Despite being one of the hardest-hit hospitals in one of the state’s hardest-hit counties, caregivers at Englewood Health have never wavered in their commitment.
The hospital, which has seen nearly 3,000 COVID-19 patients, took a milestone step in its care Friday, when it begin administering the Pfizer vaccine to is frontline workers.
CEO Warren Geller said the occasion was one to be celebrated.
“Since Day One of the pandemic, our team never hesitated for one second to care for the many communities we serve, and stood tall in the face of an unknown and unpredictable new virus,” Geller said. “Today, by beginning to administer the first round of vaccines to our team members, we turn the page to the start of a new chapter in our efforts to combat COVID-19, and we could not be more excited.”
Bergen County, of course, was the first area of spread in the state. To date, the county has had 42,008 cases and 1,979 fatalities — both totals are topped only by Essex County.
Read more from ROI-NJ on the rollout of the COVID-19 vaccine:
- Recovery has started: Newark nurse is 1st in N.J. to get Pfizer’s COVID vaccine
- Day One: A look at hopes, fears (and processes) at Atlantic Health during rollout of COVID-19 vaccine
- Teamwork: Why logistics behind single COVID vaccine shot — and efforts behind convincing folks to get it — are bigger than many realize
- Hospital CEOs celebrate historic day, but encourage continued vigilance — as well as need to get vaccinated
- Leading by example: At Trinitas, Horan is one of 1st to get COVID vaccine
- From front line to first in line: Top docs eager to get vaccine, show public it is safe
Frontline members of the emergency department, as well as the intensive care unit, other inpatient units, and specialty services such as infectious disease and pulmonology, will be among the first to receive the vaccine.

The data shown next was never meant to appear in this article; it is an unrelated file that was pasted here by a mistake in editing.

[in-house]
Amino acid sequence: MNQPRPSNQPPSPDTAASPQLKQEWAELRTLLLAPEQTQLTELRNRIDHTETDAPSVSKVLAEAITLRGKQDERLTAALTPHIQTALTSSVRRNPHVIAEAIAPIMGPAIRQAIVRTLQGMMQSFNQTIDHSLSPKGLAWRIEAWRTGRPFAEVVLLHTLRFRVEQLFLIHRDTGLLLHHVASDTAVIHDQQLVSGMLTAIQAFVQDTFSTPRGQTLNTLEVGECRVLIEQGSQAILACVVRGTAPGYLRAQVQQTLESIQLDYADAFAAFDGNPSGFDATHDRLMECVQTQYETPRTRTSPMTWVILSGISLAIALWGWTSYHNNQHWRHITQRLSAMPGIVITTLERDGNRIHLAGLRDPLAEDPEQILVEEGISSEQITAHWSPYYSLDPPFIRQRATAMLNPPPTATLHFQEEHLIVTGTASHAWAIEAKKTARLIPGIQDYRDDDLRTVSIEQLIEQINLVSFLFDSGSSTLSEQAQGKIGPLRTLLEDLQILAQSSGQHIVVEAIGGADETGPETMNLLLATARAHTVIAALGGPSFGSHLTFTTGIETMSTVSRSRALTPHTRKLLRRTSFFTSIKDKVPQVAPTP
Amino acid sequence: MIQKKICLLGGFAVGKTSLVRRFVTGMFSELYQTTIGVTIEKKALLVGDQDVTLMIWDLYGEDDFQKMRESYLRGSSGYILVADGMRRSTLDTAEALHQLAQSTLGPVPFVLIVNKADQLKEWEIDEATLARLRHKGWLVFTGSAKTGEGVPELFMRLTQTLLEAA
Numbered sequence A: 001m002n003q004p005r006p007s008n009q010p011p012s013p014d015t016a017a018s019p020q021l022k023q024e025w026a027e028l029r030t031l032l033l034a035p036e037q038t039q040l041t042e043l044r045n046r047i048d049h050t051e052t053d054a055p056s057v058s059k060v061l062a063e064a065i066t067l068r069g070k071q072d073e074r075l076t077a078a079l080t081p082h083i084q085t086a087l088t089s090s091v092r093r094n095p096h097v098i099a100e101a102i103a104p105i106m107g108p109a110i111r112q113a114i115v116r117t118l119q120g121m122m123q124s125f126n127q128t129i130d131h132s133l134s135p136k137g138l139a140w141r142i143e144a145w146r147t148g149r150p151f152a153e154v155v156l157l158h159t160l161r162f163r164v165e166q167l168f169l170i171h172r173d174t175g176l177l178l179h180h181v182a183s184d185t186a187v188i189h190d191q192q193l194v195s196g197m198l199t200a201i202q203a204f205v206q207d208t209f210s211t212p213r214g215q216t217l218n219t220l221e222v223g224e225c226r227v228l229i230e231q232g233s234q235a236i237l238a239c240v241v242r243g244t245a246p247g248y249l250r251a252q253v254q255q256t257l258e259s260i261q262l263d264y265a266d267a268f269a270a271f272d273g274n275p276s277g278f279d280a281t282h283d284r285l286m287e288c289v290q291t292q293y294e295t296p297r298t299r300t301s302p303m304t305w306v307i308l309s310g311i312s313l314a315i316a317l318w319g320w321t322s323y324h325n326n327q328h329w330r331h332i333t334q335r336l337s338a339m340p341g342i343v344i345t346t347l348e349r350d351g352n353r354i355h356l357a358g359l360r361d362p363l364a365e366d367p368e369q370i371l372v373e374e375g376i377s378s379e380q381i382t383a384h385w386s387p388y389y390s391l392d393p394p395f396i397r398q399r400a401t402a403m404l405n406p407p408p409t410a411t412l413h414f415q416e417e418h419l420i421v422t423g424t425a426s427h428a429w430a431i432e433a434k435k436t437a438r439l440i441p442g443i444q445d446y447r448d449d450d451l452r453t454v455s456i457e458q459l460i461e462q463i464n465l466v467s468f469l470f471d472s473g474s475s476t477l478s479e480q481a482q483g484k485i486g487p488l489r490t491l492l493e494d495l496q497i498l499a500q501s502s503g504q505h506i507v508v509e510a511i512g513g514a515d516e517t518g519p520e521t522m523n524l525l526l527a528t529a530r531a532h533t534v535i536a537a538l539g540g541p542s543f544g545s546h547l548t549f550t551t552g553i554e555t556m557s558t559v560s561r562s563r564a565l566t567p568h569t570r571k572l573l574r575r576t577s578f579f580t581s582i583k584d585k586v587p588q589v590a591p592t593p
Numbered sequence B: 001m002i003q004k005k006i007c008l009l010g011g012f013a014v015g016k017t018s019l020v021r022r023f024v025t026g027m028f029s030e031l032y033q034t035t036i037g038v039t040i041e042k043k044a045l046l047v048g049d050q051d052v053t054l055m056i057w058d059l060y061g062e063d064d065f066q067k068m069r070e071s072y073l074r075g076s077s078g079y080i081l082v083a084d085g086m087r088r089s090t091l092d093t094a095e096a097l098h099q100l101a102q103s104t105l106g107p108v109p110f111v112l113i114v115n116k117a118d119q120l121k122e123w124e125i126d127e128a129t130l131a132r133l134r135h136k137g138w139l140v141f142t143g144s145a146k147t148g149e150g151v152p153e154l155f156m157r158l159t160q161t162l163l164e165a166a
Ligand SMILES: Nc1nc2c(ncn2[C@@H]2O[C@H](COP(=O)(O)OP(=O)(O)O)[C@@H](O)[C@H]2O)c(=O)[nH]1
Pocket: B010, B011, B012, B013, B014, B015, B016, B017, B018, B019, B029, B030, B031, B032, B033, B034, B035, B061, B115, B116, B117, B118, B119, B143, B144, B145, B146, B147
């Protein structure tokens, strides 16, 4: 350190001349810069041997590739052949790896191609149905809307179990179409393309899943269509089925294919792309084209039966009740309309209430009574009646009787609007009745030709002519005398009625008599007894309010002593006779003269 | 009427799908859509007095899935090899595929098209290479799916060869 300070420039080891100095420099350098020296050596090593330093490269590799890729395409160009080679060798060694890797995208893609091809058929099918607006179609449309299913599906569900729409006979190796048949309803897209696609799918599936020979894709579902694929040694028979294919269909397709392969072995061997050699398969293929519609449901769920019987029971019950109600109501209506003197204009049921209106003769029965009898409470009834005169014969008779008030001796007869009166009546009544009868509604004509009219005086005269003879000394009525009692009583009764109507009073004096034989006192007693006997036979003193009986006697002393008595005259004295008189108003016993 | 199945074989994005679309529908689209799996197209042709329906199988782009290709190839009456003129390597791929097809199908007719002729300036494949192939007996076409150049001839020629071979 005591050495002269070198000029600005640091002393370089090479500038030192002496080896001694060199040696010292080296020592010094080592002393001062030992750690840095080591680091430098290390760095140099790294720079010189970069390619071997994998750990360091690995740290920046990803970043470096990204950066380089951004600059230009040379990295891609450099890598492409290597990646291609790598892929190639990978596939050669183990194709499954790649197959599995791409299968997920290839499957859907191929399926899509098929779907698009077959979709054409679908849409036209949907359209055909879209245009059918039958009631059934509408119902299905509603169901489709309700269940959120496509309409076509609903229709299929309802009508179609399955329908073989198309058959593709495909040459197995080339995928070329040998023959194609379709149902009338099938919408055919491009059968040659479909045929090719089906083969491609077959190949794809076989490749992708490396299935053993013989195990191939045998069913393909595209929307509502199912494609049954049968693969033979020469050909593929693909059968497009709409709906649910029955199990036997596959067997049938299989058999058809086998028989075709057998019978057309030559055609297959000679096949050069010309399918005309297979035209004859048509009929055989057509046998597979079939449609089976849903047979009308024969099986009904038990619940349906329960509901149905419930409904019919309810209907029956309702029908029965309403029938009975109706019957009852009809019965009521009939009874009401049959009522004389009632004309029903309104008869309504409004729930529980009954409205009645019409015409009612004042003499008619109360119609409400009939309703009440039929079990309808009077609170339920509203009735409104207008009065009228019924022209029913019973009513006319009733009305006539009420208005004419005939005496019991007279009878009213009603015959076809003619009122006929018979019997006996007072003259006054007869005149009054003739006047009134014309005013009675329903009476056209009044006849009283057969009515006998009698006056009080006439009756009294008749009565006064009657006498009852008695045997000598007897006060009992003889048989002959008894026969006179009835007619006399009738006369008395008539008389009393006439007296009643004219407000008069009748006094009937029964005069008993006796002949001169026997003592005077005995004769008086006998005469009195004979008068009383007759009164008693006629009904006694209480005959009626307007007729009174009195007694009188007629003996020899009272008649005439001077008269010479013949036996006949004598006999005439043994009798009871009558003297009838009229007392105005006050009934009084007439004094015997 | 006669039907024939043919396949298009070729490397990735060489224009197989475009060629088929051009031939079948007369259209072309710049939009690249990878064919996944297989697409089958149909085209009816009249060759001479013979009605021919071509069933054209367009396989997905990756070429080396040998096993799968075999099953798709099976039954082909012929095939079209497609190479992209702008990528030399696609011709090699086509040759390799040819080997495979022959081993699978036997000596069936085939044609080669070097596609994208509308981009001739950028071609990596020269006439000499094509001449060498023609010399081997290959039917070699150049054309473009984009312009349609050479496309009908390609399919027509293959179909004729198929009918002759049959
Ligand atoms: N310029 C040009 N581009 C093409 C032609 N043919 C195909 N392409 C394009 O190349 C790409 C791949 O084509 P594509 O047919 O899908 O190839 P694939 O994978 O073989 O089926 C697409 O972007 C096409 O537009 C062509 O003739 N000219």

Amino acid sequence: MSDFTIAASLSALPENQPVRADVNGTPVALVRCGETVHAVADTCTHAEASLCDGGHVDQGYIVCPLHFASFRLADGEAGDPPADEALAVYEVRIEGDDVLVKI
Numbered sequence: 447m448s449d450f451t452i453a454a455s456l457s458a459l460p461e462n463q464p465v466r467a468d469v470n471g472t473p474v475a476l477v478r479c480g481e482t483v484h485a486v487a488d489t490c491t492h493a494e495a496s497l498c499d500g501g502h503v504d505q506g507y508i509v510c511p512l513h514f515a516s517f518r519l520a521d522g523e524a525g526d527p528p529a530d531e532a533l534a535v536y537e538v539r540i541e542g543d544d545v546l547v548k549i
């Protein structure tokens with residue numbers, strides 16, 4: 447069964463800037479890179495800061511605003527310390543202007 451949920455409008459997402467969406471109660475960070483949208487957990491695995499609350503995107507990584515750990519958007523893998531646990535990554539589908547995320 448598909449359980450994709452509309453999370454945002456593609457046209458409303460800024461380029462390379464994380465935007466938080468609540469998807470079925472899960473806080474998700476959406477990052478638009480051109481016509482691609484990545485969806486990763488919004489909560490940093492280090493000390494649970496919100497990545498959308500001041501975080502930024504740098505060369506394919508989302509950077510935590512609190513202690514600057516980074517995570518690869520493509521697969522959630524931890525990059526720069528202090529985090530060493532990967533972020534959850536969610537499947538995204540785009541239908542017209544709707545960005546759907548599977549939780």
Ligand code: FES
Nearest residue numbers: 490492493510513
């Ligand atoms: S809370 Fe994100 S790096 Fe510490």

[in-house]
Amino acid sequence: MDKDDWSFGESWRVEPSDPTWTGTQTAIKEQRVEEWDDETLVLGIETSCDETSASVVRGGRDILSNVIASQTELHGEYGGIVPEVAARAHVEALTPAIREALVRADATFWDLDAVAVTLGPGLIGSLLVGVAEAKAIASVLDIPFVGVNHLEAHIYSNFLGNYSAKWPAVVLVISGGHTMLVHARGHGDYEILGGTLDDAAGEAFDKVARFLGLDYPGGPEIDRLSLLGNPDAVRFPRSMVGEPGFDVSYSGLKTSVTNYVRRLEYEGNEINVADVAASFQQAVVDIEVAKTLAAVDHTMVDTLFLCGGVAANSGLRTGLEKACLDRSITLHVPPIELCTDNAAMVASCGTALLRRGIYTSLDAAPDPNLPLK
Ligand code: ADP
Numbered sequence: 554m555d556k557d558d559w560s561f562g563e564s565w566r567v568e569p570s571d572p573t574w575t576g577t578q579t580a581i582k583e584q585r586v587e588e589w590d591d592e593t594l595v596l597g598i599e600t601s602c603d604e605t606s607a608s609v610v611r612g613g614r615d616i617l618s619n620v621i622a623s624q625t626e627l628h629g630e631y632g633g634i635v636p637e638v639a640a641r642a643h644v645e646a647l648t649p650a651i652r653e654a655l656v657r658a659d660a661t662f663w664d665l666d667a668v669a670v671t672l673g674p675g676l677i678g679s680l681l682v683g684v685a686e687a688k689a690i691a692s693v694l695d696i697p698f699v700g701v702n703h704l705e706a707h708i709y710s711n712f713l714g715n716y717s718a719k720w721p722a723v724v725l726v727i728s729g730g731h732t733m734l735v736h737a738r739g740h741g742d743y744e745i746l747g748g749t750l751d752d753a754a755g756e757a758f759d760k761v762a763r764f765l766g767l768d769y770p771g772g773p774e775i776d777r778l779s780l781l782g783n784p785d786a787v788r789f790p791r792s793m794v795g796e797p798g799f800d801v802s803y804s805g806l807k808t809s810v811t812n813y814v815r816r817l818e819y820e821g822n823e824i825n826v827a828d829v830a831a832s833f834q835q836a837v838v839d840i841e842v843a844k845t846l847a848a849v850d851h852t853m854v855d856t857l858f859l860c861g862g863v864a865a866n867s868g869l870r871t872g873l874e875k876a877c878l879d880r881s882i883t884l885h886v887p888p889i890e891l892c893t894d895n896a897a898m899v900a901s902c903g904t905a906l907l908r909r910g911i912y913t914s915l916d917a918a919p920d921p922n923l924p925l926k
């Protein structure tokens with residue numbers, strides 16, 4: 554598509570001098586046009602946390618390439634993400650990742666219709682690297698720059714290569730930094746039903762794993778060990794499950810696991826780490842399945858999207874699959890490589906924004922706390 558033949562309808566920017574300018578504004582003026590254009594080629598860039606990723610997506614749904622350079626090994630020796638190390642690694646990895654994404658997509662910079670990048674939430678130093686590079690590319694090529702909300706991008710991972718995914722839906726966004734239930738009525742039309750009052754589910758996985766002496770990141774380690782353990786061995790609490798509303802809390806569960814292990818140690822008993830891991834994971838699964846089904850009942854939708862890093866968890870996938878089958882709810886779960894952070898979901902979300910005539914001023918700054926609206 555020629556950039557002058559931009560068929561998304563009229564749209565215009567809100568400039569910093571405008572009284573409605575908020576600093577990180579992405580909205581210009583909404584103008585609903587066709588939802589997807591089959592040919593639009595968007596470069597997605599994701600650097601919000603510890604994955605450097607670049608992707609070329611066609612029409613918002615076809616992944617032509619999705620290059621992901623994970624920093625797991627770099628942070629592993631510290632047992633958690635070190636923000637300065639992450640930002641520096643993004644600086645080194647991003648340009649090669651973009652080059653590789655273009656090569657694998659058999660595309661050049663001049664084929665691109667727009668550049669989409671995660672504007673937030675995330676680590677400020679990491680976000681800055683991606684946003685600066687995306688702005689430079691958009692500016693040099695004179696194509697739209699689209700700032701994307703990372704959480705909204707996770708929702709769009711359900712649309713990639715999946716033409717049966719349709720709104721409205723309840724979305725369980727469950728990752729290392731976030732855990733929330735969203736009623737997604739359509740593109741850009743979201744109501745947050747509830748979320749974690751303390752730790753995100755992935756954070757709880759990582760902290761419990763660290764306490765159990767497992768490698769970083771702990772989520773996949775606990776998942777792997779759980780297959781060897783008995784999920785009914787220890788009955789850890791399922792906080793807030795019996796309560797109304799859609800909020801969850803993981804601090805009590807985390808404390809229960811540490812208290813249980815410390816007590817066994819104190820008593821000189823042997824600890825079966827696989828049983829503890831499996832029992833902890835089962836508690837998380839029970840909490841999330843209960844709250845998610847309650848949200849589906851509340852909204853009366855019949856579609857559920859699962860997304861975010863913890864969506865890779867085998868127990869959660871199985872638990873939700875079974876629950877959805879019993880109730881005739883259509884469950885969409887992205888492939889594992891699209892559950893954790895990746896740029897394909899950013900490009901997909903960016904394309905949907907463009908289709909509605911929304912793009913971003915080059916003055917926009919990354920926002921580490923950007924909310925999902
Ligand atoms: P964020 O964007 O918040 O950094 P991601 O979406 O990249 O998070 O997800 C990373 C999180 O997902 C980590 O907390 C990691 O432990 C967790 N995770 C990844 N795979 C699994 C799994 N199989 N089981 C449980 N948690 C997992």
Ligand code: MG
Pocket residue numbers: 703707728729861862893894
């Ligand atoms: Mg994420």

And, while it is voluntary, Chief Nursing Officer Kathleen Kaminsky said she is hopeful the staff will take advantage of the opportunity.
“It is so important to get the vaccine once it’s available to you in order to reduce the risk of becoming seriously ill,” she said. “It’s the right thing to do to protect not only ourselves, but also one another.”
The first injections of the vaccine were administered in unison earlier this morning to four team members from different disciplines.
Hillary Cohen, the vice president of medical affairs and chief of the emergency department at Englewood Health, said it was in recognition of the teamwork and all-hands-on-deck approach the hospital has had since Day One.
“After a very long and trying year, today we take a collective sigh of relief and we celebrate,” she said. “We are not just celebrating the miracle of science that has brought us a safe and effective vaccine in record time, but we also celebrate the bravery and selflessness of our frontline health care workers. Today, we thank our team members as we vaccinate them. The vaccine will make sure they are protected and can go home to their families at night and not worry they will bring home this disease, which is now taking 3,000 lives a day in this country.”
The first recipients of the were Craigh Bryan, a hospitalist; Brianna Cioffi, a patient care associate in the main COVID unit; Cody Lallathin, a nurse in the cardiac unit; and Eric Maldonado, an ICU nurse.
“I’m proud to be from the ICU, and to be one of the first recipients,” Maldonado said. “It’s a sign of hope, a glimpse of going back to normal. If the nurses get sick, who is going to take care of the patients?”
Bryan was thrilled to have the opportunity.
“The fact that we have a vaccine that we know is effective and safe is astounding,” he said. “I’m very hopeful that, from here on, things are going to change for the better.”
Stephen Brunnquell, president of the Englewood Health Physician Network, said the symbolism of the day is strong.
“Throughout the course of this pandemic, we’ve seen glimmers of hope, but what we are seeing today is more than a glimmer — it’s true light at the end of the tunnel,” she said. “At the same time, it’s extremely important to remind everyone that this does not mean it’s OK to let our guard down.
“Even after receiving the vaccine, individuals must continue to wear masks, social distance and practice hand hygiene — everything we all have been doing since the start of the pandemic in the spring. If we continue to keep our foot on the gas pedal, we’ll be that much closer to coming out the other side of this unprecedented series of events.”